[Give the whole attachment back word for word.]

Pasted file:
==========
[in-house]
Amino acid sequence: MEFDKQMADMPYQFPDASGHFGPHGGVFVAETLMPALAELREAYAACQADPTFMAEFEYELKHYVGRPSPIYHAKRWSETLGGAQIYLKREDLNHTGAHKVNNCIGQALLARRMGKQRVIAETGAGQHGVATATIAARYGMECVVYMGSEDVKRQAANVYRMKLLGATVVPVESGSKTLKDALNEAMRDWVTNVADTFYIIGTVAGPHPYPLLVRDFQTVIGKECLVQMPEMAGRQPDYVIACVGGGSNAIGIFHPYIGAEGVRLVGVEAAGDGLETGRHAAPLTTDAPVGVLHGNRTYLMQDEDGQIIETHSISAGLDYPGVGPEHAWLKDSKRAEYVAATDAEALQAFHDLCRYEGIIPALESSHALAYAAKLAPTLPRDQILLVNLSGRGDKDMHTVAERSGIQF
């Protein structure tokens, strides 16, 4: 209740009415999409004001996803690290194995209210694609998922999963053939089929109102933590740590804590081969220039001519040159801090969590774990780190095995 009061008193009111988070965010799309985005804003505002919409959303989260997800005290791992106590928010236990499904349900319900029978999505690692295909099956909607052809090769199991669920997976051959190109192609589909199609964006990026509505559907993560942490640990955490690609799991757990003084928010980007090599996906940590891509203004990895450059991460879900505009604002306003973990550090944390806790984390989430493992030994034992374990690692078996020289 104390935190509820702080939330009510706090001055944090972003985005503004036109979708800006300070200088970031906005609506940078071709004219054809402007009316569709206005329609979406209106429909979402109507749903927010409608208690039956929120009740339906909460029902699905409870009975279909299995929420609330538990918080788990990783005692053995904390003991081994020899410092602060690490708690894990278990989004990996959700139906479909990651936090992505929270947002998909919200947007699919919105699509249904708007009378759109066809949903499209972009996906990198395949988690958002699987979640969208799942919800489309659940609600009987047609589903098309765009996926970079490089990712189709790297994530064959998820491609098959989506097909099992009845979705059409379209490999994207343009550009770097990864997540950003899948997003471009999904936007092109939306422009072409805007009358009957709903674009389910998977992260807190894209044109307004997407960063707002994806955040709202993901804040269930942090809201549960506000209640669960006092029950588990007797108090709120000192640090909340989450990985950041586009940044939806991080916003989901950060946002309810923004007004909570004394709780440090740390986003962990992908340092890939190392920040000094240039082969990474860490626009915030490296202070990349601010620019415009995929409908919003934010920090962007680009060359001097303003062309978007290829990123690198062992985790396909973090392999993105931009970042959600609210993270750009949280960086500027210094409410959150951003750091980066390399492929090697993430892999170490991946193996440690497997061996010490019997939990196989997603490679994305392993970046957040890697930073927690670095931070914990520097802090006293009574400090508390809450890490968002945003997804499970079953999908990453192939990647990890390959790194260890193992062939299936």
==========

[in-house]
Amino acid sequence: MEFDKQMADMPYQFPDASGHFGPHGGVFVAETLMPALAELREAYAACQADPTFMAEFEYELKHYVGRPSPIYHAKRWSETLGGAQIYLKREDLNHTGAHKVNNCIGQALLARRMGKQRVIAETGAGQHGVATATIAARYGMECVVYMGSEDVKRQAANVYRMKLLGATVVPVESGSKTLKDALNEAMRDWVTNVADTFYIIGTVAGPHPYPLLVRDFQTVIGKECLVQMPEMAGRQPDYVIACVGGGSNAIGIFHPYIGAEGVRLVGVEAAGDGLETGRHAAPLTTDAPVGVLHGNRTYLMQDEDGQIIETHSISAGLDYPGVGPEHAWLKDSKRAEYVAATDAEALQAFHDLCRYEGIIPALESSHALAYAAKLAPTLPRDQILLVNLSGRGDKDMHTVAERSGIQF
């Protein structure tokens, strides 16, 4: 209740009415999409004001996803690290194995209210694609998922999963053939089929109102933590740590804590081969220039001519040159801090969590774990780190095995 009061008193009111988070965010799309985005804003505002919409959303989260997800005290791992106590928010236990499904349900319900029978999505690692295909099956909607052809090769199991669920997976051959190109192609589909199609964006990026509505559907993560942490640990955490690609799991757990003084928010980007090599996906940590891509203004990895450059991460879900505009604002306003973990550090944390806790984390989430493992030994034992374990690692078996020289 104390935190509820702080939330009510706090001055944090972003985005503004036109979708800006300070200088970031906005609506940078071709004219054809402007009316569709206005329609979406209106429909979402109507749903927010409608208690039956929120009740339906909460029902699905409870009975279909299995929420609330538990918080788990990783005692053995904390003991081994020899410092602060690490708690894990278990989004990996959700139906479909990651936090992505929270947002998909919200947007699919919105699509249904708007009378759109066809949903499209972009996906990198395949988690958002699987979640969208799942919800489309659940609600009987047609589903098309765009996926970079490089990712189709790297994530064959998820491609098959989506097909099992009845979705059409379209490999994207343009550009770097990864997540950003899948997003471009999904936007092109939306422009072409805007009358009957709903674009389910998977992260807190894209044109307004997407960063707002994806955040709202993901804040269930942090809201549960506000209640669960006092029950588990007797108090709120000192640090909340989450990985950041586009940044939806991080916003989901950060946002309810923004007004909570004394709780440090740390986003962990992908340092890939190392920040000094240039082969990474860490626009915030490296202070990349601010620019415009995929409908919003934010920090962007680009060359001097303003062309978007290829990123690198062992985790396909973090392999993105931009970042959600609210993270750009949280960086500027210094409410959150951003750091980066390399492929090697993430892999170490991946193996440690497997061996010490019997939990196989997603490679994305392993970046957040890697930073927690670095931070914990520097802090006293009574400090508390809450890490968002945003997804499970079953999908990453192939990647990890390959790194260890193992062939299936």